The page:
## 1. Overview

In this tutorial, we’ll review the Lukas-Kanade method, a widely used computer vision technique for estimating optical flow. First, we explain the concept of optical flow. Then, we provide a mathematical description of the Lukas-Kanade method.

## 2. Optical Flow

Optical flow is a computer vision tool for describing the motion of objects in a video sequence. It refers to the pattern of apparent motion of objects between two consecutive frames caused by the camera’s movement or the objects themselves. **Hence, the optical flow is a vector field describing the displacement of each pixel between two consecutive frames.** Hence, it allows for determining how the objects in the scene move.

**The optical flow is generally computed using the brightness constancy constraint.** This is assumptions states the a point at location and time will have moved by in the short time interval and its brightness remains the same, i.e.:

(1)

**Using the Taylor expansion of eq. (1) the optical flow equation can be easily obtained**:

(2)

where , , are the partial derivative of the image intensity respect to , and , while , are the and components of the optical flow. Eq. (2) has two unknowns. Hence it cannot be solved as such. **This issue is called the aperture problem**.

Optical flow is used in several computer applications, such as object tracking, motion detection, stereo disparity measurement, and video compression.

## 3. Lucas-Kanade Method

**The Lucas-Kanade method assumes that the optical flow ****, **** is constant within a small window **** of size **** pixels.** Hence, the optical flow equation holds for all pixels of coordinates q = (k, l) within the window W:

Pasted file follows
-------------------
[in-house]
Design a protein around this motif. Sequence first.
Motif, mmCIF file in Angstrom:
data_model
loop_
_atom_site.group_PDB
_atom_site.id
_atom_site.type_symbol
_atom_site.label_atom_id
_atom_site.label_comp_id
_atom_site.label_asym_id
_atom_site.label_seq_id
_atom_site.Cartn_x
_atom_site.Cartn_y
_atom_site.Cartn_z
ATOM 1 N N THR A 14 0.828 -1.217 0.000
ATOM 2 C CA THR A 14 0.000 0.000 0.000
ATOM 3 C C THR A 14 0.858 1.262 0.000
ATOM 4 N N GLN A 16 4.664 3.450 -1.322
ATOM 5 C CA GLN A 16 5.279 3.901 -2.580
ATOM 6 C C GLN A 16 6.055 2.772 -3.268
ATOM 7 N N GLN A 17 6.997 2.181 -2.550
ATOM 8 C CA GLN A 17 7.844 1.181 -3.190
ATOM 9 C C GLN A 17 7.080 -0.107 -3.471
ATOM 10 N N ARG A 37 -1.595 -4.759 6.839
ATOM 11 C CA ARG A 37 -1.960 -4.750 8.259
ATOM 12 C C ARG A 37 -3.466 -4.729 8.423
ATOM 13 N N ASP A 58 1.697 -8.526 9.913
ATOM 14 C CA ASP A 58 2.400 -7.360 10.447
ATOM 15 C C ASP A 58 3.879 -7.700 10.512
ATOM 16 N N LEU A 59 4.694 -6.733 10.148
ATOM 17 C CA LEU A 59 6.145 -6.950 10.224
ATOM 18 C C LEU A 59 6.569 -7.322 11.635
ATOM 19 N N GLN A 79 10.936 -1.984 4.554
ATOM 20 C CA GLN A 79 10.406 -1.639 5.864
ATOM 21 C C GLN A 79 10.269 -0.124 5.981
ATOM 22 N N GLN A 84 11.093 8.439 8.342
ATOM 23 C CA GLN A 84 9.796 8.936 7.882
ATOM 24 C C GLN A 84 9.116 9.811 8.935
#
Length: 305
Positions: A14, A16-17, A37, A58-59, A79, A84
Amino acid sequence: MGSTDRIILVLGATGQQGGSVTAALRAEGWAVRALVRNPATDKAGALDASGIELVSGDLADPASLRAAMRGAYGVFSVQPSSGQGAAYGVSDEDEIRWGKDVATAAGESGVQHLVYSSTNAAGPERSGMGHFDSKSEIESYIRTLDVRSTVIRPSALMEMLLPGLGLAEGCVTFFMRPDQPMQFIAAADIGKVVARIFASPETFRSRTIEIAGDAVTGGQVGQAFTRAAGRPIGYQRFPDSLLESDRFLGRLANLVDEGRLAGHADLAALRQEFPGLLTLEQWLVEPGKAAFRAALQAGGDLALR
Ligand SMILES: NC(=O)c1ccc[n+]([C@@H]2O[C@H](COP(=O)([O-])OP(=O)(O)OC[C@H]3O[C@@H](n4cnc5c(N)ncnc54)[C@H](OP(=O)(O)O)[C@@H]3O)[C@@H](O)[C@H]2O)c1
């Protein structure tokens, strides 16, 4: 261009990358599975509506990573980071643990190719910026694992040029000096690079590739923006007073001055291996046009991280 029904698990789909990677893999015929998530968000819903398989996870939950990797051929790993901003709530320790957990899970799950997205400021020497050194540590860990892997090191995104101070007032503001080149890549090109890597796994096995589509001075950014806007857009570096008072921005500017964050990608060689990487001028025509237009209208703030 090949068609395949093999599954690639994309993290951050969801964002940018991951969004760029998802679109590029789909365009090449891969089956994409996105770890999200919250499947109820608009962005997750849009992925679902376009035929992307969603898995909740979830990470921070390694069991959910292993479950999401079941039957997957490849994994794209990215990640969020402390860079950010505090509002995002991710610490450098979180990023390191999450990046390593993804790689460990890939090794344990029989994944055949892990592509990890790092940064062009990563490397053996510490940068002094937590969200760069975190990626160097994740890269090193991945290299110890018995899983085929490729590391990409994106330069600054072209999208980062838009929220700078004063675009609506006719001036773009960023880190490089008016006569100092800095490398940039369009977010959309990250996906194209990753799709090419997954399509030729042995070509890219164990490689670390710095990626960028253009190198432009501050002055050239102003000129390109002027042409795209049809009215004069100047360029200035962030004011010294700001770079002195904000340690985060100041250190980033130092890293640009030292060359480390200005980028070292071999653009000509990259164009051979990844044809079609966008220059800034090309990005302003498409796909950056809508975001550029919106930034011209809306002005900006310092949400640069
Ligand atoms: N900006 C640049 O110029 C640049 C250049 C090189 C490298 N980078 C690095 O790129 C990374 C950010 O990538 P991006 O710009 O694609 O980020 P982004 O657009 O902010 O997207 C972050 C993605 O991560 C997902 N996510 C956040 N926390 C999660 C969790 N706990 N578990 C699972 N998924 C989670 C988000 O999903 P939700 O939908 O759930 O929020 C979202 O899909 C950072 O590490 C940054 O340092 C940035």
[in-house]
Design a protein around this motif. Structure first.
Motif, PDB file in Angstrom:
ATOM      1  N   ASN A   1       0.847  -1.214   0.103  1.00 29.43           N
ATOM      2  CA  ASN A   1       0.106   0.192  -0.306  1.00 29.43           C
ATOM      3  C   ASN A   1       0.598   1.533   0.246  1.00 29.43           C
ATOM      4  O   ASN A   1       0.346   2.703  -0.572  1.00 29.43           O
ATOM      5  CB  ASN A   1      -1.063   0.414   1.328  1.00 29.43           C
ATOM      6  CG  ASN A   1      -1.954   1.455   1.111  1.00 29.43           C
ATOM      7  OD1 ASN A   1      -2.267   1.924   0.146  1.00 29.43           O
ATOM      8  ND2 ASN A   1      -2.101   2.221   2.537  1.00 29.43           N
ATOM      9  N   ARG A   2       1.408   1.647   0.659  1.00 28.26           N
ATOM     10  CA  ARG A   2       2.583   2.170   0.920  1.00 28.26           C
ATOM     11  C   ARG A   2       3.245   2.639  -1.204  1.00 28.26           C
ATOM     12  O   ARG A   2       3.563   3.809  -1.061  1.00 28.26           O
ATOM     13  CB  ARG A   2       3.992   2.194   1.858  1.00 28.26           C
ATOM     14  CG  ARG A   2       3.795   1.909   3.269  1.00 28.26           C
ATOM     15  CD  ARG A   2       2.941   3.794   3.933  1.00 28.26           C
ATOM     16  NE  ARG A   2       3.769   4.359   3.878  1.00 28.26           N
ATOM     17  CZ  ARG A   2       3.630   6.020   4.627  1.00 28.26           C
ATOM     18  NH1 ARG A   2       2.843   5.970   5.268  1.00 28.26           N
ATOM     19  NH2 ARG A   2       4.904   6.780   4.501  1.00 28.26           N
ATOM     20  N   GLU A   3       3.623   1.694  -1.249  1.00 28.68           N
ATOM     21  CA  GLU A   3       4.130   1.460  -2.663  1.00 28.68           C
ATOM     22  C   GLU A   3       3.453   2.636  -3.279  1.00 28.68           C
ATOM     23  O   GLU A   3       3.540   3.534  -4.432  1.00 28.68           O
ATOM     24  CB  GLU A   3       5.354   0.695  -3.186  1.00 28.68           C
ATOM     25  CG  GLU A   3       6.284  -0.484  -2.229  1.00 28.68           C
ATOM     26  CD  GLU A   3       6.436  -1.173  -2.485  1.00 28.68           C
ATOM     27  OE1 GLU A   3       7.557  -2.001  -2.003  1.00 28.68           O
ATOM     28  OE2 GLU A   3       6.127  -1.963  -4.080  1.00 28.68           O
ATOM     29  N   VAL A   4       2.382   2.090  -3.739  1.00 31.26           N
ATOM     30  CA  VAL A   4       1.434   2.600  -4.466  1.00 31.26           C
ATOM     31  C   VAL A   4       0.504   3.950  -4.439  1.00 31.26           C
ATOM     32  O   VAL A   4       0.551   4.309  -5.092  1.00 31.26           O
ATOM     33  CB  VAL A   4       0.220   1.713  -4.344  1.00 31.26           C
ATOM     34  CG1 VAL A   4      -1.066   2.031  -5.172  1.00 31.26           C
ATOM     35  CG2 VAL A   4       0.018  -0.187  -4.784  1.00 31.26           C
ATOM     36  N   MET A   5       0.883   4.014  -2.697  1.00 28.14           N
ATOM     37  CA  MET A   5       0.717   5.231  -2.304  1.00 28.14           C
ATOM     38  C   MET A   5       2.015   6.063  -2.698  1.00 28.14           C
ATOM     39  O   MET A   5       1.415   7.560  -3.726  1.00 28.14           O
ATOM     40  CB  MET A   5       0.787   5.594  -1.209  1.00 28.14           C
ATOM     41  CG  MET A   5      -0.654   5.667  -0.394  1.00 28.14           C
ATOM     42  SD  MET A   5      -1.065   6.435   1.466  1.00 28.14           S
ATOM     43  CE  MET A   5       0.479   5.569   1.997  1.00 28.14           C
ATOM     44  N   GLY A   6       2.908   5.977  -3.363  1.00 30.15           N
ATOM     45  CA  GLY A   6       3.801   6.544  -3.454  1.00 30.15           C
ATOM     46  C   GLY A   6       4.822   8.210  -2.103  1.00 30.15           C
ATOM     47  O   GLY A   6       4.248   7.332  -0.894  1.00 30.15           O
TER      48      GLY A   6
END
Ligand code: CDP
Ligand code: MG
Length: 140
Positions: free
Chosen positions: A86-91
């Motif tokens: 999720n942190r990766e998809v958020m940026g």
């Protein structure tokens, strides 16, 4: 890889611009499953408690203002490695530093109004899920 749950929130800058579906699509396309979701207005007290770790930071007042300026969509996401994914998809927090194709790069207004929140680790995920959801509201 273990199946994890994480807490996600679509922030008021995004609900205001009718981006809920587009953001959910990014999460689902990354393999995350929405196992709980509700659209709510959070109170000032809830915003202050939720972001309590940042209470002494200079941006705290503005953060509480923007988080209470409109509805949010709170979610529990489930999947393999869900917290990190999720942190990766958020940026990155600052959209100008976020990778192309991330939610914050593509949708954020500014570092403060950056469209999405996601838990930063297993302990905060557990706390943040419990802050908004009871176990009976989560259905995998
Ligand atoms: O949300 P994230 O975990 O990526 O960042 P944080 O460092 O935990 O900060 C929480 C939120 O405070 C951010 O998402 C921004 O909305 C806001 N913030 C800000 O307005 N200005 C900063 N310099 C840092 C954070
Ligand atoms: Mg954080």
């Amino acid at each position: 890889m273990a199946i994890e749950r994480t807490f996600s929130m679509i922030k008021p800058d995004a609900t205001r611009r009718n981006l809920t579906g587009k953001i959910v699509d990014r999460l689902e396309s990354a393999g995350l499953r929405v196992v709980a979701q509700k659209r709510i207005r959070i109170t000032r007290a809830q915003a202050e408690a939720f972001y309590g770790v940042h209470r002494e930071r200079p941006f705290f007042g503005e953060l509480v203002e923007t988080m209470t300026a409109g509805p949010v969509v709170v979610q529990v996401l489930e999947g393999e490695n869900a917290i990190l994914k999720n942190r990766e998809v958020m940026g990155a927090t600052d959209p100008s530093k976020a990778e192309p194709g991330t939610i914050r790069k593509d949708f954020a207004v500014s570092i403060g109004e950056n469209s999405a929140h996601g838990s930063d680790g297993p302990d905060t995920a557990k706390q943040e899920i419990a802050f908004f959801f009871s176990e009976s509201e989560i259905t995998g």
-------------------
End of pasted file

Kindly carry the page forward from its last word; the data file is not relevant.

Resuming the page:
(3)

These equations form a linear system that can be written in matrix form:

(4)

where is a matrix of size containing the image gradient components evaluated for each pixel of the window :

(5)

is the vector representing the optical flow of the window that we are going to estimate:

(6)

and is a vector of size containing image derivative with respect to time evaluated for each pixel of the window :

(7)

This linear system has equations and two unknowns. Hence it is over-determined. **The Lucas-Kanade method finds the least square solution of eq. (4) by solving the following** ** linear system**:

(8)

where is the transpose of . **The least-square solution is**:

(9)

## 4. Working Condition

**The optical flow **** can be estimated if the matrix **** is invertible and well-conditioned.** This latter condition occurs when the eigenvalues and of the matrix are both large and of the same order of magnitude. This is the same condition used for Corner Detection. **Hence, the optical flow can be estimated efficiently within a window containing a corner.**

Conversely, if the window is a smooth region or contains an edge, the motion cannot be detected safely.

## 5. Conclusion

In this article, we reviewed the Lucas-Kanade method, a fundamental technique in computer vision. We explained the concept of optical flow and the mathematical formulation of the Lucas-Kanade method.